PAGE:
In a case before the District Court of Braunschweig (Amtsgericht Braunschweig) where our firm represented the defendant, the court has made it clear that right owners may not impose too stringent demands on the internet subscriber’s defense. It is sufficient to demonstrate that a close relative had access to the shared computer, even if due to their limited PC skills, it seems unlikely they have made the download.
The law firm Waldorf Frommer issued a warning letter on behalf of Tele München Fernseh GmbH + Co. Produktionsgesellschaft. The firm accused the individual, a married man, of having allegedly downloaded the movie “Rad Down” using his internet connection. Damages in the amount of EUR 600 as well as reimbursement of legal fees of EUR 506 were claimed.
However, the man refused any payment and argued he did not commit the alleged copyright infringement as he was at his work place at the time of the alleged download. At this time, it was only his wife in the house.
Waldorf Frommer did not accept this argument and argued in turn that the man’s wife, in his own words, only had limited computer skills. She used the computer only for some research and emails. This alone should not be sufficient to cast doubt on the filesharing accusation against the internet subscriber. Apart from this, she had denied using the computer for any illegal filesharing.
AG Braunschweig rejected liability of the internet subscriber
The District Court of Braunschweig was not convinced of Waldorf Frommer’s arguments though. It decided the man was not an infringer within the meaning of Section 97 (2) 1 of Germany’s Copyright Act (Urheberrechtsgesetz) so damages may not be claimed (judgement of 29 September 2017, Case Ref. 119 C 93/17).
The defendant had done enough with respect to his burden to provide evidence. This is because his wife had access to his computer. Even though it was generally less probable that she made the download considering her limited PC skills and her typical user behavior, the possibility she may have been the infringer cannot be ruled out per se.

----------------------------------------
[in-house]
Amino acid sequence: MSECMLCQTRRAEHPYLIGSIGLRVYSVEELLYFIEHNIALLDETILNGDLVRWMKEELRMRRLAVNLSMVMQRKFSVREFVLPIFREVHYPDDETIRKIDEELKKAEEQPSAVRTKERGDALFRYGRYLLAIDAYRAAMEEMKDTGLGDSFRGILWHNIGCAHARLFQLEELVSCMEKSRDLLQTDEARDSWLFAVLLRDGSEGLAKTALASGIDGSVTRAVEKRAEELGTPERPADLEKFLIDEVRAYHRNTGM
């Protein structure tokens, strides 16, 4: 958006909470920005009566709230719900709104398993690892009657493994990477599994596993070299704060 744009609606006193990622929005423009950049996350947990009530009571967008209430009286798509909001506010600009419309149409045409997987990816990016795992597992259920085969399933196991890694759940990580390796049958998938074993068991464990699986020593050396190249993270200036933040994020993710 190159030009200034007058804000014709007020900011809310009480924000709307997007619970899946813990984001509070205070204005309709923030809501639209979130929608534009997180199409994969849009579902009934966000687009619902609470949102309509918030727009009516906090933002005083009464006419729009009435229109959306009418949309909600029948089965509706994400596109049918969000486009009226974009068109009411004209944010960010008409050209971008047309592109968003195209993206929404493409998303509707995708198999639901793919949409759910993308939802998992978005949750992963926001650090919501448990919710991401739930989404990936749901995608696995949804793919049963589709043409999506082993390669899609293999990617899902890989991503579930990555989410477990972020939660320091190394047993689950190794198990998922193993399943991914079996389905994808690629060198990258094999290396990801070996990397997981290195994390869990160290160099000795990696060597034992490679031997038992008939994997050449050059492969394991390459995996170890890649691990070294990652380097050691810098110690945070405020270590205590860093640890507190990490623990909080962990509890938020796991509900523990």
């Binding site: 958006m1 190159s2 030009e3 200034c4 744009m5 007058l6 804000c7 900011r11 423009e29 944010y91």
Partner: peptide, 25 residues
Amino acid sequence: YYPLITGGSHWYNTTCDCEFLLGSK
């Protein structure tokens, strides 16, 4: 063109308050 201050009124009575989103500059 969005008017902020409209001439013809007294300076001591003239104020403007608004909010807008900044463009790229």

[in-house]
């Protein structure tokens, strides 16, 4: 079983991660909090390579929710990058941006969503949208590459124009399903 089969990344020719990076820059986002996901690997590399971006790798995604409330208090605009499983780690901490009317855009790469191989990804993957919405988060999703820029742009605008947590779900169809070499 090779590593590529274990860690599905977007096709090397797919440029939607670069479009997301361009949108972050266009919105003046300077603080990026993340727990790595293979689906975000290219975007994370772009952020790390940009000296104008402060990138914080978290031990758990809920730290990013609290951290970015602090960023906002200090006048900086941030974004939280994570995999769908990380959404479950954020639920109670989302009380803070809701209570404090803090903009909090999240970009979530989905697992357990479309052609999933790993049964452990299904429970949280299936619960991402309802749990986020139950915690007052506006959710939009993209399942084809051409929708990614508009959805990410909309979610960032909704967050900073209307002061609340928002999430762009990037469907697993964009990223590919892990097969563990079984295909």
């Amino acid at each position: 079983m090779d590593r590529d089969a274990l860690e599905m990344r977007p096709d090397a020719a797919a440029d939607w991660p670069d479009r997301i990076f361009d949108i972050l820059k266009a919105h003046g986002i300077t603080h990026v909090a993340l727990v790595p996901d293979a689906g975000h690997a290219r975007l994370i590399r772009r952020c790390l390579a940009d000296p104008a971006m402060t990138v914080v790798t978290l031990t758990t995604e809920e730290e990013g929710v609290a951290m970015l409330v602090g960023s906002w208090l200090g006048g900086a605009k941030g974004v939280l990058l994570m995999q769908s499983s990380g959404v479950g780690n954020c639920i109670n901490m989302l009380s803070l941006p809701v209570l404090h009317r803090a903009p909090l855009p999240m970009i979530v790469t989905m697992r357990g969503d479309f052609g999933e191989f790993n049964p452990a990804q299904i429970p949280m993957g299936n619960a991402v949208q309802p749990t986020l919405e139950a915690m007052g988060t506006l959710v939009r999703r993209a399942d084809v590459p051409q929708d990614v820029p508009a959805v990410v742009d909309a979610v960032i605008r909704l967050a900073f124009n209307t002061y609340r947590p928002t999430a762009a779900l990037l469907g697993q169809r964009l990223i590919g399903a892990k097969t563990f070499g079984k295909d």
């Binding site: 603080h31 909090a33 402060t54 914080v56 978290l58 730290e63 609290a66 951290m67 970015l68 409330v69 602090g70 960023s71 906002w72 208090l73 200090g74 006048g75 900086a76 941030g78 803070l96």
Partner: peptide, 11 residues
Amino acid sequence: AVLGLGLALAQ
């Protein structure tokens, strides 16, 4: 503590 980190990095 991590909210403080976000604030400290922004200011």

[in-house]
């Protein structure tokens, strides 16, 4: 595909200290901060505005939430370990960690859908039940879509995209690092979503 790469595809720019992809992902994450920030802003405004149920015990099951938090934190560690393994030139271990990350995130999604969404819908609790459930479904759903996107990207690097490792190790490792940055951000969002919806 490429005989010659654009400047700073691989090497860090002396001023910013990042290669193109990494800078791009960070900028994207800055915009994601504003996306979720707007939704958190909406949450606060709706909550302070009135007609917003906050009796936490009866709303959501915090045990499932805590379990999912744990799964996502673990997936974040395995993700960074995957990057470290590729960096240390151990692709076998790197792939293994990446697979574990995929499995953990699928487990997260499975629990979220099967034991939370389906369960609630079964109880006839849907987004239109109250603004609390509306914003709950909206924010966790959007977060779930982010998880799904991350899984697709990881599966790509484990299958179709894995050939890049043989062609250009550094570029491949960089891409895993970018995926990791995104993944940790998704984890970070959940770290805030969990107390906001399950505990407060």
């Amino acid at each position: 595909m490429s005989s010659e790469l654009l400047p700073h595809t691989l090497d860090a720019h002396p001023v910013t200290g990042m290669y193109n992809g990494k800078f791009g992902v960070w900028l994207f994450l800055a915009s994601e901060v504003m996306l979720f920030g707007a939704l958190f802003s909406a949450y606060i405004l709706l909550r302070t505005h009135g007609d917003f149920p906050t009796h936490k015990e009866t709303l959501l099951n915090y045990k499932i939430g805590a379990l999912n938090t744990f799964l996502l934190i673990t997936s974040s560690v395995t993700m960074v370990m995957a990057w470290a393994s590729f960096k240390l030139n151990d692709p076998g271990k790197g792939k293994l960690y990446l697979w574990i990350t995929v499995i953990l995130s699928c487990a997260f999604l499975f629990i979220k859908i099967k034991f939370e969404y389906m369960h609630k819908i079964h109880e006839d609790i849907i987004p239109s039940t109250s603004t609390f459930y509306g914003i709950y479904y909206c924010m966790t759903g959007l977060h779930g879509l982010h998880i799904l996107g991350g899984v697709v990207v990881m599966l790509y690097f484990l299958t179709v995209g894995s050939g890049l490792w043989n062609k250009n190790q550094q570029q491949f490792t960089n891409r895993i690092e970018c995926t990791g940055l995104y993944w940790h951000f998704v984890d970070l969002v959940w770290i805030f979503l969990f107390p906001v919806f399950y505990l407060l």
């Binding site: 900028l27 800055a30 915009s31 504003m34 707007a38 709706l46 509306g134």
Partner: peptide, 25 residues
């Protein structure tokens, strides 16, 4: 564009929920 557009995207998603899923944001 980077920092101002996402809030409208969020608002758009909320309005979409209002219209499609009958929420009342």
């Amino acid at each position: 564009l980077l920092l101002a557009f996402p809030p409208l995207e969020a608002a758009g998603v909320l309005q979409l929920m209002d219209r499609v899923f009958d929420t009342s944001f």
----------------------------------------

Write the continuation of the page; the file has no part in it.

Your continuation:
As a result, it was up to the plaintiff to provide evidence it was indeed the defendant himself who committed the alleged infringement. However, no such evidence was produced.
A liability in regards to the legal fees resulting from a so called “interferer’s liability” was ruled out as the defendant had secured his wireless network sufficiently. Regardless of this, a specific obligation to instruct or monitor adult family members does not exist anyways.
Possibility of access by family members is sufficient to successfully challenge the filesharing accusation
The decision by AG Braunschweig does not come as a surprise. The Federal Court of Justice (BGH) had already ruled in the “Afterlife” judgment that the potential access to the computer by family members is sufficient to counter the file sharing claim (BGH, judgement of 6 October 2016, Case Ref. I ZR 154/15). This legal view was confirmed by the BGH in another judgment of 27 July 2017, Case Ref. I ZR 68/16).
Acting in line with the newest case law of the BGH, the court in Braunschweig did not consider the fact alone that it was rather unlikely that the family member could have made the download, decisive. The Federal Court had stated that a woman may generally be the infringer even if the download involves a first-person shooter game as a copyright protected work, which is usually played by males. The specific content on which the warning letter is based may not determine the group of potential infringers. Therefore, the Federal Court generally considers it possible that a woman could be the infringer, even if this scenario seems less likely. The same applies in the particular case where limited computer skills make a download by the defendant’s wife less probable.
Apart from this, the fact his wife denied any wrongdoing could not be used against the defendant as she is not expected to “incriminate” herself.
You may read the full decision (in German) at (Link zur Entschedung im Volltext)